Spring 2015

**Abstract**:
We present an O*(n^{3}) randomized algorithm for
estimating the volume of a well-rounded convex body given by a
membership oracle, improving on the previous best complexity of O*(n^{4}).
The new algorithmic ingredient is an accelerated cooling schedule where
the rate of cooling increases with the temperature. Previously, the
known approach for potentially achieving such complexity relied on a
positive resolution of the KLS hyperplane conjecture, a central open
problem in convex geometry.
(joint work with Santosh Vempala)

**Abstract:**
Pursuit games--motivated historically by military tactics--are a
natural for graphical settings, and take many forms. We will present
some recent results involving (among other things) drunks, Kakeya sets
and a "ketchup graph." Lastly, we describe what we think is the most
important open problem in the field.

**Abstract:**
We study rectangular dissections of an n by n lattice region into
rectangles of area n. There is a natural edge-flipping Markov chain that
we show connects this state space. A similar edge-flipping chain is
already known to connect the state space when restricted to the subclass
of dyadic tilings. While the mixing time of these chains remains open,
we instead consider a weighted version of these Markov chains where,
given a parameter w > 0, we would like to generate each rectangular
dissection (or dyadic tiling) s with probability proportional to w^|s|,
where |s| is the total edge length of dissection s. We give bounds on
the mixing time of this edge-flip Markov chain in both the dyadic and
general cases for nearly all values of w, and in the case of dyadic
tilings demonstrate the existence of a sharp phase transition.

**Abstract:**
Anonymous games, a class of succinctly representable multi-player games,
have previously been shown to have a PTAS for computing approximate
Nash equilibria, and computing exact Nash equilibria was conjectured to
be hard. We show that the problem of finding an epsilon-approximate Nash
equilibrium in an anonymous game with seven pure strategies is complete
in PPAD, when the approximation parameter epsilon is exponentially
small in the number of players.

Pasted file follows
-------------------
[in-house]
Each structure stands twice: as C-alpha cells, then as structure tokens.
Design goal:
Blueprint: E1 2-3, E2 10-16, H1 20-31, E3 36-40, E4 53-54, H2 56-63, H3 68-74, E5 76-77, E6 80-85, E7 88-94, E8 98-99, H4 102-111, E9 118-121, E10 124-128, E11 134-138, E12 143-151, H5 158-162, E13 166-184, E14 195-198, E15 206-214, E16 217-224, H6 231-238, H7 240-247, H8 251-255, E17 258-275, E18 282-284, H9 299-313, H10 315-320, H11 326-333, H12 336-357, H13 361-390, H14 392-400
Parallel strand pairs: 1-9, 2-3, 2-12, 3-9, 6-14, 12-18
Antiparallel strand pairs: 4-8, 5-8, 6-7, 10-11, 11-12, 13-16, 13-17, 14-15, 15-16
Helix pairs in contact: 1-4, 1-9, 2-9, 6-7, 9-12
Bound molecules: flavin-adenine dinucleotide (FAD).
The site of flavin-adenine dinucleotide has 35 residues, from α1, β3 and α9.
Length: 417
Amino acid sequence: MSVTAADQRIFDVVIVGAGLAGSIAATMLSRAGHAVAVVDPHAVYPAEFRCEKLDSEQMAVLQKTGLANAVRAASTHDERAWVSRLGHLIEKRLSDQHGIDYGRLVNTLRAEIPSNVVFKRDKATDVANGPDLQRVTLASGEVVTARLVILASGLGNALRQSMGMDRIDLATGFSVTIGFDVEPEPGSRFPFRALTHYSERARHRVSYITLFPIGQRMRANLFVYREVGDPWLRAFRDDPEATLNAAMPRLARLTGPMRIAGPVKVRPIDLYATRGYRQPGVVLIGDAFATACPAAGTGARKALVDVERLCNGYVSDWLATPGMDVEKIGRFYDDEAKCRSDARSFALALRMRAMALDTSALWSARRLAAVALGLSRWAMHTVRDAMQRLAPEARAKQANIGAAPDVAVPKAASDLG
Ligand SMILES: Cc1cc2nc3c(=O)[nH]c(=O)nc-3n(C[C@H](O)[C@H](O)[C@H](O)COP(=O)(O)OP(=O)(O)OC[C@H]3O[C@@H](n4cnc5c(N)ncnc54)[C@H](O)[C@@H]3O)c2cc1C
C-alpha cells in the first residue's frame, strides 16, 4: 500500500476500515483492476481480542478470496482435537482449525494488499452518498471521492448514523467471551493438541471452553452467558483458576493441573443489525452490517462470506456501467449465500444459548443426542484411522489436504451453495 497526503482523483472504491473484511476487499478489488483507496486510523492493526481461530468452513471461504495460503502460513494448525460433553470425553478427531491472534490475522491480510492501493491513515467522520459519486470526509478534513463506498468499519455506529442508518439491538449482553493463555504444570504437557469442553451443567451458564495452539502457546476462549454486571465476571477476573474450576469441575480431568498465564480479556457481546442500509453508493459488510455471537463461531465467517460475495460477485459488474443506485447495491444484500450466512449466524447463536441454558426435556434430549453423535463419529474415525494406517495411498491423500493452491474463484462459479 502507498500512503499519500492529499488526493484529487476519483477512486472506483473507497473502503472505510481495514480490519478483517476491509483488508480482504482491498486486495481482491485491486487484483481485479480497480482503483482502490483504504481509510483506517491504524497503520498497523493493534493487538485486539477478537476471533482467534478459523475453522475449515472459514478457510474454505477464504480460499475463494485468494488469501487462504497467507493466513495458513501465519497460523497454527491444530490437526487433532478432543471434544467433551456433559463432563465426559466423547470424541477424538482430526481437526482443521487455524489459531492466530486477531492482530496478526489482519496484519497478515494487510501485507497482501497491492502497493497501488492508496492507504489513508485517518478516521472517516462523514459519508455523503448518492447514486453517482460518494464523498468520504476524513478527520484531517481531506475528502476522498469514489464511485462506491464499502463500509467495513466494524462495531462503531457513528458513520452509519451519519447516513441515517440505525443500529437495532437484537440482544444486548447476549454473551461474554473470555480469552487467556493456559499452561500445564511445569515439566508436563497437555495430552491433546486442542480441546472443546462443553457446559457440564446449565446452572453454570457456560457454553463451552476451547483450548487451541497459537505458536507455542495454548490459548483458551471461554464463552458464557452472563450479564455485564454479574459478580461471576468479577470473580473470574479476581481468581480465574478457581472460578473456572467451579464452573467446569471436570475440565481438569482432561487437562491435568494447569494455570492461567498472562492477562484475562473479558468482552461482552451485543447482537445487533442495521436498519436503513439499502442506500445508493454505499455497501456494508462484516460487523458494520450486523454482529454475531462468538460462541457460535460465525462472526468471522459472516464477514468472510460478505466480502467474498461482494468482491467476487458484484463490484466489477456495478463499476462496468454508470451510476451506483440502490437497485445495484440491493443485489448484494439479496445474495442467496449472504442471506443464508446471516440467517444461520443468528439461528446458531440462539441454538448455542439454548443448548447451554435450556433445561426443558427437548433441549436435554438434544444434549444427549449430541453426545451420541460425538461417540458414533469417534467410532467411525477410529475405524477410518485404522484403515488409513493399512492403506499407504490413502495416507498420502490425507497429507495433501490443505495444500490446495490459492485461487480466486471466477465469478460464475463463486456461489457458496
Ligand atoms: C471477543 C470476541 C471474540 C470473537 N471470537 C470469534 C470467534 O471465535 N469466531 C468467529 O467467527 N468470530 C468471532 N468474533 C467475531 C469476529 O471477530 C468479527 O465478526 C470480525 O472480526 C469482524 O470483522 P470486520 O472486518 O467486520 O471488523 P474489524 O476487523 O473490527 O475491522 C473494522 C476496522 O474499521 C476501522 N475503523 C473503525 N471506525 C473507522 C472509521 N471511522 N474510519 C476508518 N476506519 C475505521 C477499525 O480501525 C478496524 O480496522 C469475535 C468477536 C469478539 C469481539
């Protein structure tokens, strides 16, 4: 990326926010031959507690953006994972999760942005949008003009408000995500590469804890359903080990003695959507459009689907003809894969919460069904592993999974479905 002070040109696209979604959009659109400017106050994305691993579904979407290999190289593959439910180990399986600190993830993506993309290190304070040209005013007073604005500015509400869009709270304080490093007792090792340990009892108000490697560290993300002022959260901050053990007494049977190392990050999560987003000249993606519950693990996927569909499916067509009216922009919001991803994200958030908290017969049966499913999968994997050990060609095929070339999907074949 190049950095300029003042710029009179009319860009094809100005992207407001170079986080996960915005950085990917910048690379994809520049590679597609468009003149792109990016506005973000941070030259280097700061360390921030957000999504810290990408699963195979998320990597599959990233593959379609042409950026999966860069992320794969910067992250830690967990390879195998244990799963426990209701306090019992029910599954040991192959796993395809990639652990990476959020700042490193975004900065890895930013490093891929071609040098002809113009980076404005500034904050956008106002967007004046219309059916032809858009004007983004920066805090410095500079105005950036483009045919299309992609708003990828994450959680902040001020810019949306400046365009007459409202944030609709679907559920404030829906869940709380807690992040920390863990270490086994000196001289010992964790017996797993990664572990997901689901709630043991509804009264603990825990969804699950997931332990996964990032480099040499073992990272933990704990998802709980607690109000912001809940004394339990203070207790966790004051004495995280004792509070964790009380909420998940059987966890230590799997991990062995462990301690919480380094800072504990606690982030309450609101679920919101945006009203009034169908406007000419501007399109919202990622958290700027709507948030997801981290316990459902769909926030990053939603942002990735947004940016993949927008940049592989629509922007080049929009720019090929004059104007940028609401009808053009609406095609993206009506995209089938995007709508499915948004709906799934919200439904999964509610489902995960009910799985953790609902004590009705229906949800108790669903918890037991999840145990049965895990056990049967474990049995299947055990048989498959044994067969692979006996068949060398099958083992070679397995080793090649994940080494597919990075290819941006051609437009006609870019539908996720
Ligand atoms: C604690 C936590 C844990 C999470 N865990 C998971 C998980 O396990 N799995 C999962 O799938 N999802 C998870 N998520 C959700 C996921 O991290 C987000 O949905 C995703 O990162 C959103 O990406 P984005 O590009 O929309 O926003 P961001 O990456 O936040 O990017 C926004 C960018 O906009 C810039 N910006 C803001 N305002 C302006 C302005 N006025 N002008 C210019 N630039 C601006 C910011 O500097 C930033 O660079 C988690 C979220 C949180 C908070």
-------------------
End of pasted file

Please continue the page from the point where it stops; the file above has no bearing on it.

**Abstract:**
Akiyama and Watanabe conjectured that every simple planar bipartite
graph on n vertices contains an induced forest on at least 5n/8
vertices. We apply the discharging method to show that every simple
bipartite planar graph on n vertices contains an induced forest on at
least \lceil (4n + 3)/7 \rceil vertices.

**Abstract:**
The d dimensional vector bin packing problem is a classical
multidimensional generalization of bin packing problem where we are
given a set of d-dimensional vectors with nonnegative entries and the
goal is to pack these into a minimum number of bins so that for every
bin the sum of packed vectors does not exceed the vectors of the bin in
each dimension. The problem has numerous application in loading,
scheduling, layout design. It has recently received renewed attention in
connection with research on virtual machine placement in cloud
computing.

We show a 1+ln(d/2) approximation algorithm for d-dimensional vector
packing. We also show a 1+ ln(3/2) approximation algorithm for
2-dimensional vector packing. This is a joint work with Nikhil Bansal
and Marek Elias at TU Eindhoven.

**Abstract:**
How much of space can be filled with pairwise non-overlapping copies
of a given solid? This is one of the oldest problems in mathematics,
intriguing since the times of Aristotle, and remaining remarkably
elusive until present times. For example, the three-dimensional sphere
packing problem (posed by Kepler in 1611) was only solved in 1998 by
Ferguson and Hales.

In this talk, I will provide some historical and modern applications
of geometric packing problems, and I will introduce a methodology to
derive upper bounds on the maximal density of such packings. These upper
bounds are obtained by an infinite dimensional linear program, which is
not computationally tractable. However, this problem can be
approximated by using tools from sums of squares relaxations and
symmetry reduction (harmonic analysis and representation theory),
leading to rigorous computational upper bounds on the density.

Time permitting, I will present ongoing work with Maria Dostert,
Fernando de Oliveira Filho and Frank Vallentin on the density of
translative packings of superspheres (i.e., ell_p balls).

This is an introductory talk: no previous knowledge of sums of squares relaxations or symmetry reduction is assumed.

**Abstract:**
The non-uniform balanced separator problem is an optimization problem
where we are given an edge weighted graph and a demand graph on the same
vertex set. The objective is to find a minimum weight cut that
separates roughly half the total demand. In this talk I will present a
short proof that shows that no small Linear Program can approximate the
non-uniform balanced separator problem independent of P vs NP or the
Unique Games Conjecture. The main ingredient is a variant of a PCP
theorem first proved by Khot and Vishnoi and known hardness results for
the Sherali-Adams relaxation for the Unique Games problem due to
Charikar and Makarychev. This is ongoing work with Sebastian Pokutta.